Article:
6. “glucose intolerance”
              7. “insulin resistance”
              8. (mody or niddm or t2dm or dm2)
              9. ((type 2 or type ii) near/ diabet*)
              10. ((nonketotic or non ketotic) near/ diabet*)
              11. (“non insulin* depend*” or “noninsulin* depend*” or “noninsulin*depend*” or “non insulin*depend*”)
              12. ((adult or matur* or late*) near/3 diabet*)
              13. “metabolic syndrom*
              14. “plurimetabolic syndrom*
              15. (#1 OR #2 OR #3 OR #4 OR #5 OR #6 OR #7 OR #8 OR #9 OR #10 OR #11 OR #12 OR #13 OR #14)
              16. MeSH descriptor Dermatomyositis, this term only
              17. MeSH descriptor Myotonic Dystrophy, this term only
              18. MeSH descriptor Diabetes Insipidus, this term only
              19. dermatomyositis
              20. “myotonic dystroph*
              21. “diabet* insipidus”
              22. (#16 OR #17 OR #18 OR #19 OR #20 OR #21)
              23. (#15 AND NOT #22)
              24. MeSH descriptor Education, this term only
              25. MeSH descriptor Patient Education, this term only
              26. MeSH descriptor Teaching, this term only
              27. MeSH descriptor Counseling, this term only
              28. MeSH descriptor Self Care, this term only
              29. MeSH descriptor Health Behavior, this term only
              30. MeSH descriptor Behavior Therapy, this term only
              31. MeSH descriptor Patient Compliance, this term only
              32. educat*
              33. “motivational interview*
              34. “behav* therap*
              35. “health education”
              36. train*
              37. teach*
              38. counsel*
              39. therap*
              40. treatment*
              41. intervention*
              42. program*
              43. (#24 OR #25 OR #26 OR #27 OR #28 OR #29 OR #30 OR #31 OR #32 OR #33 OR #34 OR #35 OR #36 OR #37 OR #38 OR #39 OR #40 OR #41 OR #42)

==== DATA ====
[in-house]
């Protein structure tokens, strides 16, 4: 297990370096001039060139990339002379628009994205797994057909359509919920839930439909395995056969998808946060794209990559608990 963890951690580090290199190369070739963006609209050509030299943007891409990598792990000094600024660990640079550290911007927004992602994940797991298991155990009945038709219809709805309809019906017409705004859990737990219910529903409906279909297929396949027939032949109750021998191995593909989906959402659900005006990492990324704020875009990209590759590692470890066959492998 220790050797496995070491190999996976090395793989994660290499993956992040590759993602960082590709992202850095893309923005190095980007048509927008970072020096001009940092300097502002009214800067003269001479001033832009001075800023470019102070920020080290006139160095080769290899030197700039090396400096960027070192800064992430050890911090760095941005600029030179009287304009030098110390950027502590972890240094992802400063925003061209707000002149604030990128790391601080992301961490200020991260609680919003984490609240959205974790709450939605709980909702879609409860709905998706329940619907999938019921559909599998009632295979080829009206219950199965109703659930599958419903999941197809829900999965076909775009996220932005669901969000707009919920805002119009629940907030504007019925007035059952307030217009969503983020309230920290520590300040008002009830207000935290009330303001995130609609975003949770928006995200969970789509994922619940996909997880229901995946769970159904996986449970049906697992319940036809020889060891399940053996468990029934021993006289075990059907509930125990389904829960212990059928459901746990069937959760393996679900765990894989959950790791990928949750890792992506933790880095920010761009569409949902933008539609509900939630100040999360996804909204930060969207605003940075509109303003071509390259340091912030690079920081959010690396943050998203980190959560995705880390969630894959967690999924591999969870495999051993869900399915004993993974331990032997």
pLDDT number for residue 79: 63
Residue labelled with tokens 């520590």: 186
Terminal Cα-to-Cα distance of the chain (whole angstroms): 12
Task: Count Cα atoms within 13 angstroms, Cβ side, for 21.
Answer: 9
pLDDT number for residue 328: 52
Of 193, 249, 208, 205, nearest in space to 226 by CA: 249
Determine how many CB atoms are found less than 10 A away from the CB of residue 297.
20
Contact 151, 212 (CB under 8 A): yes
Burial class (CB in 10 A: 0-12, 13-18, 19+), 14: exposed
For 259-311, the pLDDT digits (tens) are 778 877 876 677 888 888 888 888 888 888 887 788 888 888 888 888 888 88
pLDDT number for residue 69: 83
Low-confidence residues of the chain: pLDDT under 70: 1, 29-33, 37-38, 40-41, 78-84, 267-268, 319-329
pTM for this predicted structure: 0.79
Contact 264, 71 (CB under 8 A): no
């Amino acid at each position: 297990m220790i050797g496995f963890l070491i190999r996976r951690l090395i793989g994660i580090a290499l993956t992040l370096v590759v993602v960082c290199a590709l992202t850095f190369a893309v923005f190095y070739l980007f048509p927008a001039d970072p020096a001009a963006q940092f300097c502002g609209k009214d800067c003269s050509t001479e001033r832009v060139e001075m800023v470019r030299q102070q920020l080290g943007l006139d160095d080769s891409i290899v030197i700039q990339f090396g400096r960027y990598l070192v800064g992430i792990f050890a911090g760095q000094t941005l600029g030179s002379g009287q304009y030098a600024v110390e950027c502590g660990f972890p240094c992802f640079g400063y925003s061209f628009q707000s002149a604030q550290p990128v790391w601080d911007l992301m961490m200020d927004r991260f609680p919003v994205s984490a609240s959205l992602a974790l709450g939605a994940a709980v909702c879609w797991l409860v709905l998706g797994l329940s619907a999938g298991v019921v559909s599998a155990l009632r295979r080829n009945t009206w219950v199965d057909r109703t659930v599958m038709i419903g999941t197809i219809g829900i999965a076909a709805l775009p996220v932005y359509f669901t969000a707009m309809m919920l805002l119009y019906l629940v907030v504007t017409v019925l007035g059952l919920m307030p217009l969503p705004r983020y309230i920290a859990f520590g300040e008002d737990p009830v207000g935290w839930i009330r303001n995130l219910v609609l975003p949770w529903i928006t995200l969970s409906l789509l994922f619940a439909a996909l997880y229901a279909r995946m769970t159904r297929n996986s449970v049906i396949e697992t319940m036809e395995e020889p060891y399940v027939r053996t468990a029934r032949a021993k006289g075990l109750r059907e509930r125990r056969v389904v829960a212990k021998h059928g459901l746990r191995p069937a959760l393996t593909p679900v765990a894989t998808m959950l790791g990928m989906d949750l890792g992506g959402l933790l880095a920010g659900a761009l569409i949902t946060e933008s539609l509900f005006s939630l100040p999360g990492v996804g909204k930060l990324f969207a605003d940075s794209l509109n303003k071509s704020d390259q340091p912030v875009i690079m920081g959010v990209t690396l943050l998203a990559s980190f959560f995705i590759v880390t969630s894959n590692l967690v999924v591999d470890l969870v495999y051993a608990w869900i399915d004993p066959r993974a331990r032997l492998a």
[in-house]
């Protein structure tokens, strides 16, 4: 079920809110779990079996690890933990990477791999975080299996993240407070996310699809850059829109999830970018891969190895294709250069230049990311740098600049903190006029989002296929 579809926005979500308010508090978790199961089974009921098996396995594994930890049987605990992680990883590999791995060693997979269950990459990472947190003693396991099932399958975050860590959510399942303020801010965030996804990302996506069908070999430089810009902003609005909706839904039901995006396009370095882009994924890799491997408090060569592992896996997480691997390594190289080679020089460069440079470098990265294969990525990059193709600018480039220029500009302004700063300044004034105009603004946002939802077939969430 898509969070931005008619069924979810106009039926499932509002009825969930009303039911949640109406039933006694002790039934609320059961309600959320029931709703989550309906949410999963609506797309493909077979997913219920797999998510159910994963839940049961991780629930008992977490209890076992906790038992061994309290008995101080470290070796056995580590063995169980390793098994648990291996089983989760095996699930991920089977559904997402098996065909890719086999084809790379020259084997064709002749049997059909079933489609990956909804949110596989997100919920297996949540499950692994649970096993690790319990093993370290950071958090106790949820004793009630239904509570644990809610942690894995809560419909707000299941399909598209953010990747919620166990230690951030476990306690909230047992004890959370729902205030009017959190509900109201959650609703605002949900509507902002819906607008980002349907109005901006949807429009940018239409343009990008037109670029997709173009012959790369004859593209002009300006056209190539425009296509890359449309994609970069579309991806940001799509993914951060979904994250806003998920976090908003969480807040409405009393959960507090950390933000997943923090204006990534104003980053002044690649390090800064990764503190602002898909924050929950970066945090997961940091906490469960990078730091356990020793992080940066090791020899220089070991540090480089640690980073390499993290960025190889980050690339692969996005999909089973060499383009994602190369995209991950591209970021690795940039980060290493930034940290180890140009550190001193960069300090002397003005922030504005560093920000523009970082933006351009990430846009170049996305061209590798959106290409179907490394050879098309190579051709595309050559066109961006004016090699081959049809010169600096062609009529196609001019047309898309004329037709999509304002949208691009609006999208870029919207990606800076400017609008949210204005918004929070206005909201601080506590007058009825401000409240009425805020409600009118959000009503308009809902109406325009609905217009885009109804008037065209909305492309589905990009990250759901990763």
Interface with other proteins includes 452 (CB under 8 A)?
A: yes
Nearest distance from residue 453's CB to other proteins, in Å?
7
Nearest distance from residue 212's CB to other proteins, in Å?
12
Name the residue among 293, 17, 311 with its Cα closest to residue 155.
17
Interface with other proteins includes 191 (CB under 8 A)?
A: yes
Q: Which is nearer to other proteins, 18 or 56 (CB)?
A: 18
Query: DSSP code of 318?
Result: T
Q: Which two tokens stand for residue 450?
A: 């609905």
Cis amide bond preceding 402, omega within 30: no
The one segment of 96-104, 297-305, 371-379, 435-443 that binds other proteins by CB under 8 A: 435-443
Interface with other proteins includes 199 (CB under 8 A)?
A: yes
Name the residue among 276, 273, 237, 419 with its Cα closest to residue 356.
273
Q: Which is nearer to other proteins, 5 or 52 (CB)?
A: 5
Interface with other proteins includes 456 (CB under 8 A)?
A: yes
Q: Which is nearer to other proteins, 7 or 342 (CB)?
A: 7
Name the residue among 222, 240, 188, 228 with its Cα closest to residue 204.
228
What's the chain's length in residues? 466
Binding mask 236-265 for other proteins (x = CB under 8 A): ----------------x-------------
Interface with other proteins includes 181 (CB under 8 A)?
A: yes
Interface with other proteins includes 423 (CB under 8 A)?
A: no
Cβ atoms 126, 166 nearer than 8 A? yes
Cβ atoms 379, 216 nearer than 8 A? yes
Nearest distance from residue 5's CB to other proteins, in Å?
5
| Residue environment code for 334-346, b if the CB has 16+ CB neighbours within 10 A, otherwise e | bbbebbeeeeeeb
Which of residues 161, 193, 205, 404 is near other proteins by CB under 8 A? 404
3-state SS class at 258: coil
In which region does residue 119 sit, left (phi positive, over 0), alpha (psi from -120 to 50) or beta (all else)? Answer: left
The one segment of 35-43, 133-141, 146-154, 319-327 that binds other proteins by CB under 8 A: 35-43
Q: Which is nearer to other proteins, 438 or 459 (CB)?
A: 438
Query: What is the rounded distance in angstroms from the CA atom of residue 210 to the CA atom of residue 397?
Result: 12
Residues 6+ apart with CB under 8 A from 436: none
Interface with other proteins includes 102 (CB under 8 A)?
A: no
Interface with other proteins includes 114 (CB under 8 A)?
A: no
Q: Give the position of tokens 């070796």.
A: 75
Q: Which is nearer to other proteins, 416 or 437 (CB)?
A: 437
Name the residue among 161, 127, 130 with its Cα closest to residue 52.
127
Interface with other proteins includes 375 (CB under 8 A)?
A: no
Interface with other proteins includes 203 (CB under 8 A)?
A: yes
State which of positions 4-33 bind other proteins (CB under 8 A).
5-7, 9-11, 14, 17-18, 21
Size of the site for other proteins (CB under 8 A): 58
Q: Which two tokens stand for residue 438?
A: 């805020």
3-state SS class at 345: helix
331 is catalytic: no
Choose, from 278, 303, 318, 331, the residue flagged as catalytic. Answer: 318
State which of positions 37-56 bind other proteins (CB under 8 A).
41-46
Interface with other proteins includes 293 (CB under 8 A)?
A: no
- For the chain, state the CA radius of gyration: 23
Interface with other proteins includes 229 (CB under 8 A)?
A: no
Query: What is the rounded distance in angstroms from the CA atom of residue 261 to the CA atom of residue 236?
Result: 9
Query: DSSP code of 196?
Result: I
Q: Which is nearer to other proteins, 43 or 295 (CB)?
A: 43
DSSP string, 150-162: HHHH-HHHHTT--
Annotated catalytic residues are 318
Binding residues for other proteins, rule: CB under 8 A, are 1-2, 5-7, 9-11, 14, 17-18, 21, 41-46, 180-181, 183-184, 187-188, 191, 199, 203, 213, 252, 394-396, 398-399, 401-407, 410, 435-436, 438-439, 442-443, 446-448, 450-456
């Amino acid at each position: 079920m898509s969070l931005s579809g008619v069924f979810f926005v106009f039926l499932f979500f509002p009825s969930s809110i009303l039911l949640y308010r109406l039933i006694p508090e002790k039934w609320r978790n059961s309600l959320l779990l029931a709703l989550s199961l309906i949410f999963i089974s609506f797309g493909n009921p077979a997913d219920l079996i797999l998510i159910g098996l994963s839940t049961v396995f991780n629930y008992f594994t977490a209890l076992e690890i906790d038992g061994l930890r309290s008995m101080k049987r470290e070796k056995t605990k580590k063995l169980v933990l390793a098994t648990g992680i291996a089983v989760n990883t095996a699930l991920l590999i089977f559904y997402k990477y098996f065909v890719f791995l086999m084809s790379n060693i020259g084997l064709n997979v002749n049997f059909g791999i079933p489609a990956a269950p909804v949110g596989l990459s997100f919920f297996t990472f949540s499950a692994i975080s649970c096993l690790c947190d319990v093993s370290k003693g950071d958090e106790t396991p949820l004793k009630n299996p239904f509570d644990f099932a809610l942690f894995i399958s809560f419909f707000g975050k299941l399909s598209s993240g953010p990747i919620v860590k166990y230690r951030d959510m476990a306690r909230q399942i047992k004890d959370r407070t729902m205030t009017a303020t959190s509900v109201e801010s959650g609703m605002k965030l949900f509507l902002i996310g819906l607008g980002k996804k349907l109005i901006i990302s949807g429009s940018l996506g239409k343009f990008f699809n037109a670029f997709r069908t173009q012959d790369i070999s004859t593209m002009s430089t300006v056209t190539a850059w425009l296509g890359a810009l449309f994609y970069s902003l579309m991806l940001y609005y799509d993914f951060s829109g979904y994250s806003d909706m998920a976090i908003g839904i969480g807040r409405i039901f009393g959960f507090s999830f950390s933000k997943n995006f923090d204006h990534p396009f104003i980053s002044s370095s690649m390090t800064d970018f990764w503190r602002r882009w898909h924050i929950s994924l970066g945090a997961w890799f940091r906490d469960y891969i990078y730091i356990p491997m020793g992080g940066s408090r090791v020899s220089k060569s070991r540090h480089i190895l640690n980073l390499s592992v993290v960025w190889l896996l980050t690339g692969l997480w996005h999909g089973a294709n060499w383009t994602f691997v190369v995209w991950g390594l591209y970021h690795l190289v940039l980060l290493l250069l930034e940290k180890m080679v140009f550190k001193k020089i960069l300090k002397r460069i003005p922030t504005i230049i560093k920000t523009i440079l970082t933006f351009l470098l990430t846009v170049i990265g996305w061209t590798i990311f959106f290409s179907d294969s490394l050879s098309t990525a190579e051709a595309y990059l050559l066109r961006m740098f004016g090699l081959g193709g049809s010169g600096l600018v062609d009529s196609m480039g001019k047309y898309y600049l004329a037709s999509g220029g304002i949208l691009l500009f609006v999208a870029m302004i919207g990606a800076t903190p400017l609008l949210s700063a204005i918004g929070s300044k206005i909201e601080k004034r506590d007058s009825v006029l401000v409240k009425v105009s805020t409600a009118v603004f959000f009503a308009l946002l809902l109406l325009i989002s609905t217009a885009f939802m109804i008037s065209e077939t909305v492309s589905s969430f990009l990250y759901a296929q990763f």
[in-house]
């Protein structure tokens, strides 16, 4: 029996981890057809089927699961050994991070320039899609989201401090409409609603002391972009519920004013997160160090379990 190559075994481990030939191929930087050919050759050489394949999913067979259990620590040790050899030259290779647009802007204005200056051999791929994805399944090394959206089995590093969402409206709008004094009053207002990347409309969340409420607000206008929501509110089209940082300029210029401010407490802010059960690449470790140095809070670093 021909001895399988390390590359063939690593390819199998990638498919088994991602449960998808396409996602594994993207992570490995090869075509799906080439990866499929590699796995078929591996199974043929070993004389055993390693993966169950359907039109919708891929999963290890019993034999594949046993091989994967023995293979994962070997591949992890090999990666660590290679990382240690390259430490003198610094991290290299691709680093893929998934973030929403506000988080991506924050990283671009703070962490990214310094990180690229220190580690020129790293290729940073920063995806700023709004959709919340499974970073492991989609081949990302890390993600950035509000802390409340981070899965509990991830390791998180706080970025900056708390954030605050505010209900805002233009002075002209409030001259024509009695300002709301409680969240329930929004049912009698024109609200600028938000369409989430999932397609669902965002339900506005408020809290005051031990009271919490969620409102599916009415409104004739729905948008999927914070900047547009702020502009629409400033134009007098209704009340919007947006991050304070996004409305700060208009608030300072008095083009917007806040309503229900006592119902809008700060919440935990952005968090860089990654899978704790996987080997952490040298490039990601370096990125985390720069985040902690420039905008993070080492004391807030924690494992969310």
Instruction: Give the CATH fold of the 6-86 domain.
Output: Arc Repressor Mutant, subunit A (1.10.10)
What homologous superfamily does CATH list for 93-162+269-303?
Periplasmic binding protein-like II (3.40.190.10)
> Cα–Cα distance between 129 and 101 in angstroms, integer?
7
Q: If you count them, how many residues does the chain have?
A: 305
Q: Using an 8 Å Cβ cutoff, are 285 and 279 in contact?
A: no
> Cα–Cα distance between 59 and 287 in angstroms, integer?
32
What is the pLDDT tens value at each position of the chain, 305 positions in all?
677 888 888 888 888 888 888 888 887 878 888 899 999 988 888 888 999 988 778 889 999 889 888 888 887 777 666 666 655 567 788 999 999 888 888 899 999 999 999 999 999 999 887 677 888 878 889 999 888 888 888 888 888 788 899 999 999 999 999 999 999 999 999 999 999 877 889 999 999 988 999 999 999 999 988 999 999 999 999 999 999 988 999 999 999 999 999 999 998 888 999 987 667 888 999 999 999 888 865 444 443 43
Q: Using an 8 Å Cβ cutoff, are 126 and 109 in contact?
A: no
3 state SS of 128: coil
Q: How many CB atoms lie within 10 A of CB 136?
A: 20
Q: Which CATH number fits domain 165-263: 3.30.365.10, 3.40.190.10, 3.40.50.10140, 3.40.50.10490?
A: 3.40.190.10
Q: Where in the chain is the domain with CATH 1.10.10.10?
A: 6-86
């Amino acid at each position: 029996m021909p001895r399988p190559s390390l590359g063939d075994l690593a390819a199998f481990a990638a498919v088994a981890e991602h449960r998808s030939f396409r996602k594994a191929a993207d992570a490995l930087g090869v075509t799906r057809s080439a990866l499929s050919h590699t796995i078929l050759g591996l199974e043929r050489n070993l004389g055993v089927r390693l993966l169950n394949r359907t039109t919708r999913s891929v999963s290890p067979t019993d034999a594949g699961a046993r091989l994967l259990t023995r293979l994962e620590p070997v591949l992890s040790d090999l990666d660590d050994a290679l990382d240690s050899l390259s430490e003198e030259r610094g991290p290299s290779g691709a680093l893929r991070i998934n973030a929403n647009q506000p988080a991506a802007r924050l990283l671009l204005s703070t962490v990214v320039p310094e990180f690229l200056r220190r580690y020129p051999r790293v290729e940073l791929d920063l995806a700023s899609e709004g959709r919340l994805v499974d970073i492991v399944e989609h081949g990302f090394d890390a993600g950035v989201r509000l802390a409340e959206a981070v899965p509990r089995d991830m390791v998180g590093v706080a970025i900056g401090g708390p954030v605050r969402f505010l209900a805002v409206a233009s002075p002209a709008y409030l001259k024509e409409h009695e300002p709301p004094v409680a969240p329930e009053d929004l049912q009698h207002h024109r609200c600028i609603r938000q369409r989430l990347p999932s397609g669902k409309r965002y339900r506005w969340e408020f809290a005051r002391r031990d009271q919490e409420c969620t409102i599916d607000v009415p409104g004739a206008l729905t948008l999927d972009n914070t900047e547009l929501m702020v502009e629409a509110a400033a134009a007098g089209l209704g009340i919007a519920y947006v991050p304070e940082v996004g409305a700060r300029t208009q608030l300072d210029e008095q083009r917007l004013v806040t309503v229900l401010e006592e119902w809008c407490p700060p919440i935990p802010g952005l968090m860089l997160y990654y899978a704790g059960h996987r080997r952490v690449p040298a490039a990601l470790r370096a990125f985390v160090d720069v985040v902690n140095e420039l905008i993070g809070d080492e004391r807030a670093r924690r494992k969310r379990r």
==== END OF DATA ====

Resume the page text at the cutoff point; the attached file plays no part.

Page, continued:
44. (group* or individual* or client*)
              45. (#43 AND #44)
              46. psycho*
              47. “quality of life”
              48. lifestyle
              49. behav*
              50. skill*
              51. (self near/5 (care or manage* or monitor*))
              52. wellbeing
              53. (self near/5 (efficac* or confiden*))
              54. empower*
              55. “problem solving” or problemsolving
              56. coping
              57. motivation*
              58. stage* near/3 change*
              59. satisfaction
              60. anxiety
              61. depression
              62. attitude*
              63. perception*
              64. belief*
              65. “locus of control”
              66. adjustment
              67. (#46 OR #47 OR #48 OR #49 OR #50 OR #51 OR #52 OR #53 OR #54 OR #55 OR #56 OR #57 OR #58 OR #59 OR #60 OR #61 OR #62 OR #63 OR #64 OR #65 OR #66)
              68. (#45 AND #67)
              69. (randomized controlled trial):pt or (controlled clinical trial):pt
              70. MeSH descriptor Randomized Controlled Trials, this term only
              71. MeSH descriptor Random Allocation, this term only
              72. MeSH descriptor Single-Blind Method, this term only
              73. MeSH descriptor Double-Blind Method, this term only
              74. (#69 OR #70 OR #71 OR #72 OR #73)
              75. (animals not humans)
              76. (#74 AND NOT #75)
              77. (clinical trial):pt
              78. MeSH descriptor Clinical Trials explode all trees
              79. (clin* near/25 trial*):ti,ab
              80. ((singl* or doubl* or trebl* or tripl*) near/25 (blind* or mask*)):ti,ab
              81. MeSH descriptor Placebos, this term only
              82. (placebo*):ti,ab
              83. (random*):ti,ab
              84. MeSH descriptor Research Design, this term only
              85. (#77 OR #78 OR #79 OR #80 OR #81 OR #82 OR #83 OR #84)
              86. (#85 AND NOT #75)
              87. (“comparative study”):pt
              88. MeSH descriptor Evaluation Studies explode all trees
              89. MeSH descriptor Follow-Up Studies explode all trees
              90. (control* or prospectiv* or volunteer*):ti,ab
              91. (#87 OR #88 OR #89 OR #90)
              92. (#91 AND NOT #75)
              93. (#76 OR #86 OR #92)
              94. (#23 AND #68 AND #93)



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              © 2008 by Lippincott Williams & Wilkins, Inc.